We tend to talk about the gym a lot, but we’re going to change directions today. After all, we’re called Australian Sports Nutrition, not Australian Gym Nutrition. Most people go to the gym to target specific physique goals or maintain their fitness while working a sedentary job (basically our entire ASN marketing team). Still, there is another key demographic that dominates the gym. Athletes. And we’re not talking about bodybuilders and marathon runners; we’re talking about athletes who compete in team sports. Whether you’re playing football, rugby, or cricket, how you take care of yourself off the pitch is crucial in how you will perform on match day.
introduction to team sports
Team sports are responsible for some of our greatest childhood memories and some of our best personal achievements, and if you’re still playing in adulthood, they can enrich our lives and highlight our weeks. Whether you’re a full-time athlete (congratulations) or you’re playing Midweek Metros after a long day at work, team sports are invaluable.
Engaging in team sports goes beyond physical exercise; it imparts essential life lessons on teamwork, leadership, respect, and communication. Through participation in team sports, individuals not only improve their physical health but also boost their mental well-being. The sense of accomplishment, humility in victory and defeat, and discipline learned through team sports are unparalleled.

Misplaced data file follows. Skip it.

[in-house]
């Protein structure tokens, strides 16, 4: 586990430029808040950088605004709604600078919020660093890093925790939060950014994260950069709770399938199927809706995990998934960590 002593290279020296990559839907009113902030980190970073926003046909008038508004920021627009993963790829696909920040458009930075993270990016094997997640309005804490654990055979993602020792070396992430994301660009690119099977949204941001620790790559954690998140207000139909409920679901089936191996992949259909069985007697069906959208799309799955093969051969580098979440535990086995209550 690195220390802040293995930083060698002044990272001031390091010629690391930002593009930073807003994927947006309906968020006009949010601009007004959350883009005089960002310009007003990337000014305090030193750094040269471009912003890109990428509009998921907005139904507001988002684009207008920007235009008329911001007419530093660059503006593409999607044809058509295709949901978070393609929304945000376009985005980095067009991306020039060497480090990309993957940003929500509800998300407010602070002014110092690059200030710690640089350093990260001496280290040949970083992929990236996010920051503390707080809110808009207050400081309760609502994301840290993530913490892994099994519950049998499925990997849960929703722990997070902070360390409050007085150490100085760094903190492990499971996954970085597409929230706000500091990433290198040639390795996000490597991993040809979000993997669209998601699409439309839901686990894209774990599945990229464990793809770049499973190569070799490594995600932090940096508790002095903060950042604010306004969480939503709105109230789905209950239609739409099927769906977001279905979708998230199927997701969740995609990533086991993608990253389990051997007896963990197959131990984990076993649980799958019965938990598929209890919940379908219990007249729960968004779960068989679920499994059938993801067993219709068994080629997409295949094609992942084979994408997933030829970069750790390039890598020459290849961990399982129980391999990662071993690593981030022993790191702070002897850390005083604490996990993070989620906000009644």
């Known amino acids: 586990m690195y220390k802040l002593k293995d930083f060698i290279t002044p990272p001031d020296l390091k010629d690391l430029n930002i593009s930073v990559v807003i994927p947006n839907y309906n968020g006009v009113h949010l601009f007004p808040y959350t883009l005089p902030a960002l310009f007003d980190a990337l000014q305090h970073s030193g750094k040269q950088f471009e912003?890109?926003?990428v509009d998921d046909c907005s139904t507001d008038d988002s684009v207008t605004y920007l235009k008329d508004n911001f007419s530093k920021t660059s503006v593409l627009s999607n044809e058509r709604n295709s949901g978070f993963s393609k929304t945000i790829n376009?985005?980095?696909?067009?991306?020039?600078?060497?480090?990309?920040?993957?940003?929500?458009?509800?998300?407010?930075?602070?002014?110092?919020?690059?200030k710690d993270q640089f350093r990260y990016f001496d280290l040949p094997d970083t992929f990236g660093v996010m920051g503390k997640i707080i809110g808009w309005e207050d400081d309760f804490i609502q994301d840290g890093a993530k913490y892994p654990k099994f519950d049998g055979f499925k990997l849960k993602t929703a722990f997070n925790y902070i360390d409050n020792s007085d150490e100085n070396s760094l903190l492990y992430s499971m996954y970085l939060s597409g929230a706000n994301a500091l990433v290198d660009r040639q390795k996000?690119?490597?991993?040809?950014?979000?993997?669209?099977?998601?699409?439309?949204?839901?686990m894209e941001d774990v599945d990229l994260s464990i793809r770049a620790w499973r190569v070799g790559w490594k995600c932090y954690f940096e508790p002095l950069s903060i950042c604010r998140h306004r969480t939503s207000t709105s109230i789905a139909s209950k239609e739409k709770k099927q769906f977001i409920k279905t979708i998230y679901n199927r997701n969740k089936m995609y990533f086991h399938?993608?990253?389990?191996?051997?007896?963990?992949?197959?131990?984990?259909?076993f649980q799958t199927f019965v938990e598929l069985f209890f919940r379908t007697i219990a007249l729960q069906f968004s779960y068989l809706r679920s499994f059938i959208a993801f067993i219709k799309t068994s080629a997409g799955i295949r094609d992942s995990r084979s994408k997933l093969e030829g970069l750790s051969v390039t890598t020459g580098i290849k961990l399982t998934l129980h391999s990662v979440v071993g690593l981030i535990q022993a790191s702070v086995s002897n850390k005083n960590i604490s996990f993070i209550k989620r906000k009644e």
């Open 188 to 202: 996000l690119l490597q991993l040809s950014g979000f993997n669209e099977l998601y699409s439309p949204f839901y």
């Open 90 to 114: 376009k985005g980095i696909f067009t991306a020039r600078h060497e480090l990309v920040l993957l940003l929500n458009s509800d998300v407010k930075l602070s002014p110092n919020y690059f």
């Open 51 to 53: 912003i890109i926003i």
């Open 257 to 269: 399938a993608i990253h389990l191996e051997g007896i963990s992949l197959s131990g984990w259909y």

In contrast to conventional fitness methods, team sports involve longer durations of exercise with dynamic intensity variations. These sports require diverse skills such as passing, jumping, sprinting, heading, coordination, cognitive function, and shooting, all of which contribute to overall personal development over an extended period.
Let’s take a look at some of the most popular team sports in Australia.
Or soccer, if you insist on calling it that. Anyway, while Australia is not often considered a ‘footballing nation’, the world's most popular sport has become the most popular sport in Australia, particularly at a grassroots level where an estimated 48.7% of kids involved in sport (between 6-13 years old) are playing football. This is the most inviting and easy-to-play sport because all you need is something round, and you have yourself a game (ASC. 2023).
An estimated 1.2 million people play football in Australia, with the sport continuing to grow in popularity, particularly after the performances of our Socceroos and Matildas national teams in the most recent FIFA World Cup and FIFA Women’s World Cup (Kuch, M. 2023).